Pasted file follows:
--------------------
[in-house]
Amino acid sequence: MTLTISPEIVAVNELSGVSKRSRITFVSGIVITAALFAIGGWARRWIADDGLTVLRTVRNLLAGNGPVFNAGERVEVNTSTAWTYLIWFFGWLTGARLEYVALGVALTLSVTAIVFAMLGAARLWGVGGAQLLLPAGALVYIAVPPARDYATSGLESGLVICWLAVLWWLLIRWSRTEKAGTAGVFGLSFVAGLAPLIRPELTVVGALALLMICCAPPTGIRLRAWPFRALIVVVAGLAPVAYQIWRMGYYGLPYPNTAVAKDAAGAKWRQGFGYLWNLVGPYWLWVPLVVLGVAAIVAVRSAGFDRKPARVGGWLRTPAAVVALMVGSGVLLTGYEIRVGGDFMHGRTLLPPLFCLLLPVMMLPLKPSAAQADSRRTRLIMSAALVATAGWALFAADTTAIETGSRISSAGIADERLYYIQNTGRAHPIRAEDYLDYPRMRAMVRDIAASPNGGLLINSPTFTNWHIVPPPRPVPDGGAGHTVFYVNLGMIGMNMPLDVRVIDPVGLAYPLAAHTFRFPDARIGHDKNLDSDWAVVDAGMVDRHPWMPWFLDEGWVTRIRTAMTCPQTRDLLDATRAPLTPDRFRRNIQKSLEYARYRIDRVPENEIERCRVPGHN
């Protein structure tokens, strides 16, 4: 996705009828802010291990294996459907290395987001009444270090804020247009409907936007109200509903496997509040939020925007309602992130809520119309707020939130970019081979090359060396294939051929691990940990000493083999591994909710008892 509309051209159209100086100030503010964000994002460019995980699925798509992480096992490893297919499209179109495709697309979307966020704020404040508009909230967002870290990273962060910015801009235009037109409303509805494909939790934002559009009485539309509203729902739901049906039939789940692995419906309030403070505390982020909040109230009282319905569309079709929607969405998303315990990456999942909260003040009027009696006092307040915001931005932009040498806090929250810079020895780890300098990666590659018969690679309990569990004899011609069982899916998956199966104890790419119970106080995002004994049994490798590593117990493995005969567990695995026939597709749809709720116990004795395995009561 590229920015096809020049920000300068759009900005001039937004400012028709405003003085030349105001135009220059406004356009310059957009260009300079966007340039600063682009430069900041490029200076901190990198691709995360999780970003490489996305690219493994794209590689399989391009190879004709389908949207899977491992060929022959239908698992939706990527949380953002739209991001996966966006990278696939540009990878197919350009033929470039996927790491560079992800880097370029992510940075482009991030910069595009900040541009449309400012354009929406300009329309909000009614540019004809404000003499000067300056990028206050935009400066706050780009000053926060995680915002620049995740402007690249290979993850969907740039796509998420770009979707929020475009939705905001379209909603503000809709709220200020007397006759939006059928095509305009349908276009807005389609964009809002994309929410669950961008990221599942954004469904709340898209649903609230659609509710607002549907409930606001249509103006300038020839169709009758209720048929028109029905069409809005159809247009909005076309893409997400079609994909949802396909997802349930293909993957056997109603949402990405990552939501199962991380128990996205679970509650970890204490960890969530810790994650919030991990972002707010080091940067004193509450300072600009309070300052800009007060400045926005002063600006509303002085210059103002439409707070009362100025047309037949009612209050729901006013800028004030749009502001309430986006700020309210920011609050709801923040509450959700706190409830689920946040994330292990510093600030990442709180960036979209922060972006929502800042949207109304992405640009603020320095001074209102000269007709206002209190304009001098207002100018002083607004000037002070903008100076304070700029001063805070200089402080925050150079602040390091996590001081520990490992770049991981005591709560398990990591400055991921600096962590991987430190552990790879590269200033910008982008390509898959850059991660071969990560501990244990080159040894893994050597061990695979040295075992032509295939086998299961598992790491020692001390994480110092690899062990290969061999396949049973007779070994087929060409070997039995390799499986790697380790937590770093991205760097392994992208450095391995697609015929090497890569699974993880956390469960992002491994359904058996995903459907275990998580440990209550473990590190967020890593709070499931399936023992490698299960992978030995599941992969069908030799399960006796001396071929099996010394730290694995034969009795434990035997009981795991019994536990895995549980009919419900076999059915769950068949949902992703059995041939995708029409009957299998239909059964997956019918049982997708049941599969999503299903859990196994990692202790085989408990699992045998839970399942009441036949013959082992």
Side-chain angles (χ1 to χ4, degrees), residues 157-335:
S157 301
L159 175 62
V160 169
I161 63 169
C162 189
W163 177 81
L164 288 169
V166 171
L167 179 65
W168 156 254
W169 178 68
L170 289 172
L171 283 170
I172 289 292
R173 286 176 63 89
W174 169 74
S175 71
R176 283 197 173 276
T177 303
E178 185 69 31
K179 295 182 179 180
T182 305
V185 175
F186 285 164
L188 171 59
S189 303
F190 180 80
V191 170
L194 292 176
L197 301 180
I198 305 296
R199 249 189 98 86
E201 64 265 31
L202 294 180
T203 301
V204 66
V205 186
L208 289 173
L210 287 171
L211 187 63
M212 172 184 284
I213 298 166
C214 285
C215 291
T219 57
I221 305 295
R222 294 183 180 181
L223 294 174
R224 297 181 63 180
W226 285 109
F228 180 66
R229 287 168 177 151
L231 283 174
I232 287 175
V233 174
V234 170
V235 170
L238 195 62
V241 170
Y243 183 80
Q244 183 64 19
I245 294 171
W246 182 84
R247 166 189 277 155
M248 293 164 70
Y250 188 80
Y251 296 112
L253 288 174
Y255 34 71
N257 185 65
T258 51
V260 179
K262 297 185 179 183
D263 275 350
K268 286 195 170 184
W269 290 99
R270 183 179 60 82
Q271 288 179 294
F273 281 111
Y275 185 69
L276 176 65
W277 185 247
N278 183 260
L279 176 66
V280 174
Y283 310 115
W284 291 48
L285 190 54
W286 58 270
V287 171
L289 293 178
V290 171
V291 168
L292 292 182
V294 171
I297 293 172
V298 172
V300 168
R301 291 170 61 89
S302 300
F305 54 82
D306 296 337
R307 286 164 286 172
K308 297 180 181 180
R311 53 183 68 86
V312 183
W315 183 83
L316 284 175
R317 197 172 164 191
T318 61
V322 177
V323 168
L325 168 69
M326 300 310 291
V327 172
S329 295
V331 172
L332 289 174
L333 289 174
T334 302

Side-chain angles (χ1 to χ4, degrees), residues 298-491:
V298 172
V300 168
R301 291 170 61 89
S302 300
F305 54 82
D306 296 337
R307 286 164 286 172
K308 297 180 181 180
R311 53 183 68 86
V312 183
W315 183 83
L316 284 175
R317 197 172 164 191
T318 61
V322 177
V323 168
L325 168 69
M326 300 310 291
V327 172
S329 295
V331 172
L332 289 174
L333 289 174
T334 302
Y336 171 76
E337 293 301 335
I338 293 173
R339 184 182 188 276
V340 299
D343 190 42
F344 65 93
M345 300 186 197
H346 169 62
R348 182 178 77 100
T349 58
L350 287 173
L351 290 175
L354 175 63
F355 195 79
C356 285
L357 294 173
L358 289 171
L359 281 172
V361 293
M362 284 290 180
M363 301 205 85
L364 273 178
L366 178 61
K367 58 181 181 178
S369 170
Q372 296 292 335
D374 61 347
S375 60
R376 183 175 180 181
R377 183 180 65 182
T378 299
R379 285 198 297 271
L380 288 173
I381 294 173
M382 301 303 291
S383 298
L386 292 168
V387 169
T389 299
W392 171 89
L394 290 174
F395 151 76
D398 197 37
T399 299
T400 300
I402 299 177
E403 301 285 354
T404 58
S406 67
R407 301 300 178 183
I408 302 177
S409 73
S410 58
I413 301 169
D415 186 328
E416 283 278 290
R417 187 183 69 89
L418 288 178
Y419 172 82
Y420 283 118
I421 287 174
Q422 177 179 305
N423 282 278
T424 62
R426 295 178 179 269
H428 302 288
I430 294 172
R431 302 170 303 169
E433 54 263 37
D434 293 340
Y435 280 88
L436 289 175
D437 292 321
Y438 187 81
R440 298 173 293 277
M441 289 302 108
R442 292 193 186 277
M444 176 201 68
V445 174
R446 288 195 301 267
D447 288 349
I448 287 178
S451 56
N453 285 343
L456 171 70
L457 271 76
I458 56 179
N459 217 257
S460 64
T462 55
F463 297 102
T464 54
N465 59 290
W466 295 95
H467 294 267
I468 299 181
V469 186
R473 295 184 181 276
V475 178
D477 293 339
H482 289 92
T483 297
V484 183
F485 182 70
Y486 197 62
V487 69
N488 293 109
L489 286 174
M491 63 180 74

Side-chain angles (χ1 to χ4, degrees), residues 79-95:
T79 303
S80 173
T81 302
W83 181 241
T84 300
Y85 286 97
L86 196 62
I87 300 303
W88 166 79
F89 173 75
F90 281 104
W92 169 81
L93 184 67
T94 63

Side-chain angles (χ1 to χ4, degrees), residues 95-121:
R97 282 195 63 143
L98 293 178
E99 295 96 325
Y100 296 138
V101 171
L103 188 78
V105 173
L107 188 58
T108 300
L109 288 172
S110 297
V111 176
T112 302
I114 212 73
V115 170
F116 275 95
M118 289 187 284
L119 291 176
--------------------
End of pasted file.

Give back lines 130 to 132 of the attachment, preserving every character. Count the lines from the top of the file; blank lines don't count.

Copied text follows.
F305 54 82
D306 296 337
R307 286 164 286 172